Tool and Die Maker

Tool and Die Maker



Tool and die makers fabricate tools jigs, fixtures, dies, and equipment that, like pieces of a puzzle, require a perfect fit, for use in industrial and manufacturing production. They build, repair, and modify custom-made prototypes or special tools, jigs, fixtures, gauges, dies, moulds, press tools, and various types of small mechanical devices.

Jigs and fixtures: are devices that hold work pieces while they are bored, stamped, milled, or drilled.

Dies: are metal forms used to shape metal in stamping and forging operations. Dies can be combination, draw, compound, flexible, embossing, coining or progressive. Metal moulds are used for moulding plastics. 

As a tool and die maker, you can expect to do some or all of the following tasks: 

  • Fit and assemble a variety of tools and dies
  • Cut material to a required length, angle, or contour using power saws and file materials
  • Turn and/or bore contours, spheres, and parallel surfaces
  • Drill and ream holes of various sizes and depths in a variety of materials, using drills, lathes, and horizontal or vertical mills
  • Mill, shape, and plane metal surfaces
  • Cut threads, keyways, slots, serrations, and grooves on shafts and other works
  • Grind and sand metal surfaces
  • Test surfaces for cracks, hardness, and finishes using a variety of equipment and applications
  • Manipulate metal through the use of heat

When a mould is required for the mass production of a plastic part, the tool and die maker will:

  • Plan the project working from blueprints, models, or verbal instructions
  • Choose, measure, and mark metal stock
  • Use a variety of machine tools to machine parts to close tolerances
  • Apply heat treatments if required
  • Check the accuracy of work and assembling of parts
  • Test completed device for proper operation

Note: This occupation is closely connected to the machinist trade and incorporates many of the same skills. However, tool and die makers usually specialize in producing jigs, fixtures, dies, and moulds plus they spend more time fitting and assembling precision components than machinists.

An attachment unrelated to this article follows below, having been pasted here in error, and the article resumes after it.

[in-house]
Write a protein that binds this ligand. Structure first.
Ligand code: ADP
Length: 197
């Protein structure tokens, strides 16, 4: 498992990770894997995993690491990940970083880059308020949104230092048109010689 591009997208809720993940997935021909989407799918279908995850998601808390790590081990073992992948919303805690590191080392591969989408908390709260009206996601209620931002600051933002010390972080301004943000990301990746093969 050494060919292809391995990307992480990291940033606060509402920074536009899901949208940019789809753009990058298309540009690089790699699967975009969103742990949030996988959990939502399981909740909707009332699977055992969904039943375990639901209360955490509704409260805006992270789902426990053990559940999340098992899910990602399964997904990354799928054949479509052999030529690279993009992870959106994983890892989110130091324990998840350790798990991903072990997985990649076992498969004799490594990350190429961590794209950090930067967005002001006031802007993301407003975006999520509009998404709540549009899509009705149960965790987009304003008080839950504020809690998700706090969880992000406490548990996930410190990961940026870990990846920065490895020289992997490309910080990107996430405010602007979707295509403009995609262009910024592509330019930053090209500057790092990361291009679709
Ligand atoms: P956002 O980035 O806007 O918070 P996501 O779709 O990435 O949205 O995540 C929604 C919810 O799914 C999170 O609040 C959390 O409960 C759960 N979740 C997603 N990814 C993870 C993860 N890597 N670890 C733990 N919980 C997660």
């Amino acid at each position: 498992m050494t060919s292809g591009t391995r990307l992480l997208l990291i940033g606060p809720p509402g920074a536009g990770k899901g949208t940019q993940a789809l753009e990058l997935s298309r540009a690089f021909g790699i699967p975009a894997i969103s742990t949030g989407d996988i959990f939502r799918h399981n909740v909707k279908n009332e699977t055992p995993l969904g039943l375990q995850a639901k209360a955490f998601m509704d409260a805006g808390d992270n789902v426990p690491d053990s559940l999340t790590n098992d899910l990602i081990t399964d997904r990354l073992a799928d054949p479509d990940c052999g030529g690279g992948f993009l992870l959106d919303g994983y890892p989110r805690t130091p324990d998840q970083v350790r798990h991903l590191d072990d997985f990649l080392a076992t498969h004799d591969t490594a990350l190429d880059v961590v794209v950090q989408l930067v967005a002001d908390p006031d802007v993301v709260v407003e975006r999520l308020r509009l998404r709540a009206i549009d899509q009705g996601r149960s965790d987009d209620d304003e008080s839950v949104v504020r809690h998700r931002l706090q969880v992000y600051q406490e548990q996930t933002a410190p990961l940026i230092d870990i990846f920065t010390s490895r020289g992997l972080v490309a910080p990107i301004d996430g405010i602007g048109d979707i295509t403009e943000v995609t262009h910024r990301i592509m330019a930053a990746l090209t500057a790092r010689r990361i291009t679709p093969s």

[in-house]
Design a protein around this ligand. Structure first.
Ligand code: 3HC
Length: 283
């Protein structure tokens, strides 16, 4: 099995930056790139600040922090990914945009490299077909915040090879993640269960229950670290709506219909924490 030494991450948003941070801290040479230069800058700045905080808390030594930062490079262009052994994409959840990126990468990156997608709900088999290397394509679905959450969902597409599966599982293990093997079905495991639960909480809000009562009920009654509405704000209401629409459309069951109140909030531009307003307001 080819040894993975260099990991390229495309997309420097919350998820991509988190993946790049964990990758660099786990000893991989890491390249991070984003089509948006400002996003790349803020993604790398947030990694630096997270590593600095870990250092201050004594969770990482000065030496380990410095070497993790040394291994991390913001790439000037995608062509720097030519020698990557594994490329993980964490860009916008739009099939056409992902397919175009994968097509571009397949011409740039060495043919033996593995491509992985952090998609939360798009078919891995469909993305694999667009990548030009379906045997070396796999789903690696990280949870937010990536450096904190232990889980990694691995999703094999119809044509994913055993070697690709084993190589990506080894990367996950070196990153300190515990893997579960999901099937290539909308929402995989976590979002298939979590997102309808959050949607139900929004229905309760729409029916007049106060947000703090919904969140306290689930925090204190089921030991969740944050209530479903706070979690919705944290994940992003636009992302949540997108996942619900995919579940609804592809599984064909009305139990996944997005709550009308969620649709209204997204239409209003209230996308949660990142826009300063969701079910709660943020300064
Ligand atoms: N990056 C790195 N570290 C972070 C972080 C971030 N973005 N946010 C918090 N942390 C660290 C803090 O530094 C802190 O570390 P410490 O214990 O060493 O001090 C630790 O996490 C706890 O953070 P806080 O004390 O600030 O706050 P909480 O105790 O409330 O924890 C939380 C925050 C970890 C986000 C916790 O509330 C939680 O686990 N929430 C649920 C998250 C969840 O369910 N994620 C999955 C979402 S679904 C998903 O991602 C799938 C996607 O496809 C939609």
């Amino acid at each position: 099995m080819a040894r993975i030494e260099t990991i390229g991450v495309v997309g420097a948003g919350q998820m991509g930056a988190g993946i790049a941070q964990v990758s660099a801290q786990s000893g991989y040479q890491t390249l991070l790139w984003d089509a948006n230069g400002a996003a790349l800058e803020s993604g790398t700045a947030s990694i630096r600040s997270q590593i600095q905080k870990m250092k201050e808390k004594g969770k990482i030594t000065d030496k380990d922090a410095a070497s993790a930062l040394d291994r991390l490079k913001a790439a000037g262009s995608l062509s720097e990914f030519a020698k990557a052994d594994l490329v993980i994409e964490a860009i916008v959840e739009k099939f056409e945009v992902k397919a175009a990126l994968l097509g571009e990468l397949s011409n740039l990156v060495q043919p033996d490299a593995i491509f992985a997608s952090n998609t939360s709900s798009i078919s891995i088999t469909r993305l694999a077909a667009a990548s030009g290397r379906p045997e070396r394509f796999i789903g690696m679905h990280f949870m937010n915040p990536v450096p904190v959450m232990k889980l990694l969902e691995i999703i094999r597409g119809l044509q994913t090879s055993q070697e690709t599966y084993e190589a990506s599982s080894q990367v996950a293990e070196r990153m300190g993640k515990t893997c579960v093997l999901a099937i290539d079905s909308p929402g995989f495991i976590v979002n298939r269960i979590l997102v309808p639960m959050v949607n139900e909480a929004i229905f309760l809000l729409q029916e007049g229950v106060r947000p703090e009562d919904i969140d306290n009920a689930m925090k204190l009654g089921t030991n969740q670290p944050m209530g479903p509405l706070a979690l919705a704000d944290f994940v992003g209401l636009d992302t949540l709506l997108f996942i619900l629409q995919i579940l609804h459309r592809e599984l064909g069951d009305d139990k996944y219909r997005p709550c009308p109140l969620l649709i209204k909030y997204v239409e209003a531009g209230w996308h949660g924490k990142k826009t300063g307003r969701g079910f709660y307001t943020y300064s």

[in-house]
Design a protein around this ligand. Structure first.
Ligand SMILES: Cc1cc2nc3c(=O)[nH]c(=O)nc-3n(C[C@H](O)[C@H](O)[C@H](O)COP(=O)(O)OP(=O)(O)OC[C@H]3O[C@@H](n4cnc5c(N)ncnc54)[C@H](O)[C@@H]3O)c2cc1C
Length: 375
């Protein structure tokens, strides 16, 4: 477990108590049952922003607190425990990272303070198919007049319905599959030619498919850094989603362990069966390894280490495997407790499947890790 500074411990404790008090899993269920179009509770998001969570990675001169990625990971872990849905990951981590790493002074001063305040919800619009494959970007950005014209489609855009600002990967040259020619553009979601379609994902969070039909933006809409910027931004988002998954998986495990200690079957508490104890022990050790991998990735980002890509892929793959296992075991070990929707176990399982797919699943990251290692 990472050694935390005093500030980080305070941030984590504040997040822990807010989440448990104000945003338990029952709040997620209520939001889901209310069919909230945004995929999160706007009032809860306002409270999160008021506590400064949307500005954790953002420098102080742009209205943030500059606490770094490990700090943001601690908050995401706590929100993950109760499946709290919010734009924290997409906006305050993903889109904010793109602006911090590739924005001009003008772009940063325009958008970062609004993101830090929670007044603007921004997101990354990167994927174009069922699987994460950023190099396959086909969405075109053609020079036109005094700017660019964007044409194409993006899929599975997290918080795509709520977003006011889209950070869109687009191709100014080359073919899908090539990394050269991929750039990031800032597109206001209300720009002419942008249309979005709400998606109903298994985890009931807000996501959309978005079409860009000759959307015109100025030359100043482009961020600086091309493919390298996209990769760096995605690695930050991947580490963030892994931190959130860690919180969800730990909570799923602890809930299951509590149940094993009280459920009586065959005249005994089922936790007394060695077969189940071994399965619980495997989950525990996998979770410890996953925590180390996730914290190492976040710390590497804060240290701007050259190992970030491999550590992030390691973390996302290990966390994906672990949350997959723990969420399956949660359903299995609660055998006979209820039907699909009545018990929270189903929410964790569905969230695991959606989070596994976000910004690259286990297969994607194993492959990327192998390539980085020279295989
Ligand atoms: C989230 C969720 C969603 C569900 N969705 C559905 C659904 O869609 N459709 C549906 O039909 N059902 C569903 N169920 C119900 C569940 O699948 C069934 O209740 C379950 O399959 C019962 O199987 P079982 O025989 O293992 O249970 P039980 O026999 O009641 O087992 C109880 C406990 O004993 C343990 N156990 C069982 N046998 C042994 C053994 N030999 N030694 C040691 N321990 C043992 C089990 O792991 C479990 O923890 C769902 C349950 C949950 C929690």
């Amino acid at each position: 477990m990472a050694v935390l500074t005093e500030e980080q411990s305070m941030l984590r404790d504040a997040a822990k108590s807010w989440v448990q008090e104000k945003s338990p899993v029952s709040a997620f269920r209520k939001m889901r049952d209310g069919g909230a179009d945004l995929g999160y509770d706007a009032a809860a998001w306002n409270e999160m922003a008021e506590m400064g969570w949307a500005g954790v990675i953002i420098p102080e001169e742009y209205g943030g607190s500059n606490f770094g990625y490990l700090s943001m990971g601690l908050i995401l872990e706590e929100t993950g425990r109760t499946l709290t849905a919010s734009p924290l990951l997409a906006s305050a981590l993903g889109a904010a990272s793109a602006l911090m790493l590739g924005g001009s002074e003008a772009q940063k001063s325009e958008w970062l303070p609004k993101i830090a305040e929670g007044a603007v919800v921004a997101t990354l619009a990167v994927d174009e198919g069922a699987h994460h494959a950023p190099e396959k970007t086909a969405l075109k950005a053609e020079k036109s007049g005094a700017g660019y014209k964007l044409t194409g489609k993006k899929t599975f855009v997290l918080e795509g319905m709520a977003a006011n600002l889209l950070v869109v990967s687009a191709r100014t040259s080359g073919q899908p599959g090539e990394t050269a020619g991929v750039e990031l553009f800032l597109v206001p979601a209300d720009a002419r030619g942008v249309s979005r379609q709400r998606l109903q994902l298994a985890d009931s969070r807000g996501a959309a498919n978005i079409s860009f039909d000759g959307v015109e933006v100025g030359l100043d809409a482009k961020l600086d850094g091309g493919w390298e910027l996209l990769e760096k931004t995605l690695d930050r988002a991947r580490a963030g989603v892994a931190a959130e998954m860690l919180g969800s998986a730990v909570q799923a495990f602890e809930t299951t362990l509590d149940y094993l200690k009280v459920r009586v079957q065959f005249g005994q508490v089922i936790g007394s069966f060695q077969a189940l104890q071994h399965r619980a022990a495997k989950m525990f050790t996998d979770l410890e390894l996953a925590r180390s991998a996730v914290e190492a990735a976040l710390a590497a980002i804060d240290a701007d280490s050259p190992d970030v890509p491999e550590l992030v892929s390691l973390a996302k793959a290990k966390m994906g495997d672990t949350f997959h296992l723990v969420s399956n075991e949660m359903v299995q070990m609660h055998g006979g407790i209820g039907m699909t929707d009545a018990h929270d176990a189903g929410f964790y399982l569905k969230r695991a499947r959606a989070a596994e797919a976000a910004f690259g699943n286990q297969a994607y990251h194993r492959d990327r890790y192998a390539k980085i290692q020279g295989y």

Note: Additional training and/or certification may be required.


Work environments for construction careers can be located outdoors or indoors or both. Work hours may vary as well. Some positions are seasonal while others are all year round, but part-time. Other positions are project-based and may require you to work full-time until the project is complete. And, of course there are careers that have full-time hours all year round.

Below is a list of workplaces where you might find opportunities to gain apprenticeship hours and/or experience:

  • Aircraft
  • Machinery and farm equipment manufacturers
  • Machine shops
  • Metal fabricator shops

Other conditions: shift work

Source: Apprenticeship Manitoba Handbook and Manitoba Prospects


If you answer YES to the questions below, then a career as a Tool and Die Maker might be right for you!

  • Do you have good hand-eye coordination?
  • Are you mechanically inclined?
  • Do you have strong math skills?
  • Do you like working with your hands?
  • Could you concentrate on detailed work?


The Government of Canada Job Bank has identified Nine Literacy and Essential Skills (Reading, Writing, Document Use, Numeracy, Computer Use, Thinking, Oral Communication, Working with Others, and Continuous Learning).

Below you will find links to the Essential Skills Profiles for this occupation and/or related ones:


Below you will find the annual salaries for apprentices and Journey Persons for Tool and Die Makers:

Minimum for Apprentices

Skills Booklet 2016, Skills Canada/Manitoba



Average for Journey Persons

Skills Booklet 2016, Skills Canada/Manitoba

$45,465 – $55,650

For more information on apprenticeship wages, click here


Note: To receive the most up-to-date information about satisfying apprenticeship level requirements, contact Apprenticeship Manitoba or visit

Tool and Die Maker

Program Length (Minimum Years)

4 years

Level Requirements

Required Hours for each level (L)

L1: 1, 800 hours L2: 1, 800 hours L3: 1, 800 hours L4: 1, 800 hours 

Technical Training/Year (weeks in class)

Y1: 9 weeks Y2: 8 weeks Y3: 8 weeks Y4: 9 weeks 

Additional Licensing


Trades Qualification Requirements (minimum experience required)

Minimum years of experience required

(within last 10 years)

6 years


Minimum hours experience required

10,800 hours


Practical Exam required



Compulsory Apprenticeship/Certificate of Qualifications required to work



Red Seal Trade available